Today in London’s dramtic history: Garrick refuses justices’ request to change the Beggars Opera, 1773.

In September 1773, the actor and impresario David Garrick got into a dispute with the Westminster magistrate John Fielding, over Garrick’s plan to shortly begin staging John Gay’s Beggars’ Opera (see our previous post). Fielding was trying to persuade Garrick not to put the play on, as the Opera ‘made people laugh at scenes which they ought to condemn’, thus corrupting the morals of the ‘lowers orders’. Writing to Garrick, Fielding suggested changing the ending of the play, proposing that the protagonist Macheath should be hanged instead of being reprieved.

Fielding was keen to censor immorality on the stage – a long tradition in London, where the authorities saw theatres as potential hotbeds of unrest. From Elizabethan times to the nineteenth century the Lord Chamberlain’s office oversaw theatres and regularly closed down plays seen as unruly or immoral. Nor was the widely held view among magistrates and government that the ‘mob’ that gathered to watch plays could easily become a riotous crowd and a political challenge entirely unjustified… Gradually however, the protection of public morality became a bigger concern for the censors.

Fielding claimed that stagings of the Beggars’ Opera had always resulted in a wave of crime and immorality in the city. Critics replied that he had the cart before the horse – John Gay’s Opera was commenting on the state of the world, not responsible for it.

In reply to Fielding, Garrick ‘in return pleasantly remarked, that it did not seem his interest at present to carry conviction to such lengths’…

Commentators of the time were amused by the request, since Fielding himself was thought to be immured in vice, and to tolerate and profit from the bribes from, any number of rackets in the area he nominally policed… As William Augustus Miles pointed out in a letter to Fielding, ‘not endeavouring to suppress the open practice of all manner of vice and immorality in his own neighbourhood, before he made application to Mr Garrick for the suppression of the Beggars’ Opera… considering the uniform practice of your life… your being intrenched up to your very chin in all manner of vice… the request to Mr Garrick was neither decent nor plausible, and what a man, the least conversant with your character, can hear without a mixture of laughter and indignation…. Do you imagine that to expose vice is the same as to encourage it?’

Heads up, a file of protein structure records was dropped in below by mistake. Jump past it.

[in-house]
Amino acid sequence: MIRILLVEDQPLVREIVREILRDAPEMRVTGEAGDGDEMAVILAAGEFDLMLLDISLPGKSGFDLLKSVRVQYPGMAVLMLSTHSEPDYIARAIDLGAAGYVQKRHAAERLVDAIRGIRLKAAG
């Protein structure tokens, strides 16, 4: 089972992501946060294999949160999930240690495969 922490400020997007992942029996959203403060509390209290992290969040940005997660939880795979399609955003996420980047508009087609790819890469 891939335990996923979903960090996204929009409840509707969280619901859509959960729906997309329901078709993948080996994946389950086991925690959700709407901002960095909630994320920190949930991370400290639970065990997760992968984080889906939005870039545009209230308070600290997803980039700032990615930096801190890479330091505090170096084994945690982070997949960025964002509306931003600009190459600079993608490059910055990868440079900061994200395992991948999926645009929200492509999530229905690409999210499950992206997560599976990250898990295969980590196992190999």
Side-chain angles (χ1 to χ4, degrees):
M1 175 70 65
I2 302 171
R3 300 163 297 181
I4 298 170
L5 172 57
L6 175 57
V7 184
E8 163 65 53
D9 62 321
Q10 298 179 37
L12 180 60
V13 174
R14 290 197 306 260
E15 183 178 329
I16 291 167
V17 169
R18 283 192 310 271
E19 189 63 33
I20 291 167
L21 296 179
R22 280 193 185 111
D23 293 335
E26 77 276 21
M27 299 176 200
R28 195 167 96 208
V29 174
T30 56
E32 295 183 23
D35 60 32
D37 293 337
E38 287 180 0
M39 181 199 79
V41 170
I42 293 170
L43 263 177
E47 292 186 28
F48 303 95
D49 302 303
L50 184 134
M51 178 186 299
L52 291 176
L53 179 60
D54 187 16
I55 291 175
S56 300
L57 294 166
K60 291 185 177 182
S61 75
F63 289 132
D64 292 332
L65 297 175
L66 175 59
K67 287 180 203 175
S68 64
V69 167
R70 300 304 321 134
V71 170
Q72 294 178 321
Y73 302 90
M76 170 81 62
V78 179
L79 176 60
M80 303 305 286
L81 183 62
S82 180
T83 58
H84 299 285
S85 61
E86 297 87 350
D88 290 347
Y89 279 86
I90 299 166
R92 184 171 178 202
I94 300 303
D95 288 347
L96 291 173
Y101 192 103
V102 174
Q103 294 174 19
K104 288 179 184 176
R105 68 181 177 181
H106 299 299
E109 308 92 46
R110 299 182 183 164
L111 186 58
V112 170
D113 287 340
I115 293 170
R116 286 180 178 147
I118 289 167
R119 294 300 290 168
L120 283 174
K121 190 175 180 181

Ironically, although Garrick refused to play Fielding’s game, Fielding could easily have thought Garrick would be up for it, since he was well-accustomed to re-writing famous dramas. He continued the Restoration tradition of adapting Shakespeare’s tragedies to give them happy endings or editing out classic scenes, although he did bring some whole chunks of Shakespeare’s texts that late 17th century playwrights had excised. Garrick also took a dim view of the unruly culture of the theatre-going crowds, who were fond of making a racket, heckling, entering and leaving noisily when they liked, and carrying on in what sounds like a most enjoyable fashion to break down the strict separation of audience and viewer. However Garrick’s attempts to reform the audience – refusing admittance behind the scenes and on the stage and attempted to discontinue the practice of reduced entry fees for those who left early or came late, but these changes resulted in riots. Theatre crowds were made of sterner stuff back then and took no shit when it came to price rises or controls on their behaviour… (We will hopefully come back to this on 18th September).

Fielding’s attempt to censor, or persuade Garrick to censor the Beggars Opera itself inspired drama. Shortly after, an anonymous play was staged in London, called “The Bow Street Opera in Three Acts. Written on the Plan of the Beggars’ Opera”. It featured deeply satirical and scathing attacks on the politics an hypocrisy of the justice system, aimed directly at Fielding, who was portrayed as ‘Justice Blindman’ (he had been blind since an accident at the age of 19), but very much in the style of John Gay, also relating a thinly veiled account of the career of radical demagogue and bogy of the establishment (at least until he joined it), John Wilkes.

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An entry in the 2016 London Rebel History Calendar – check it out online

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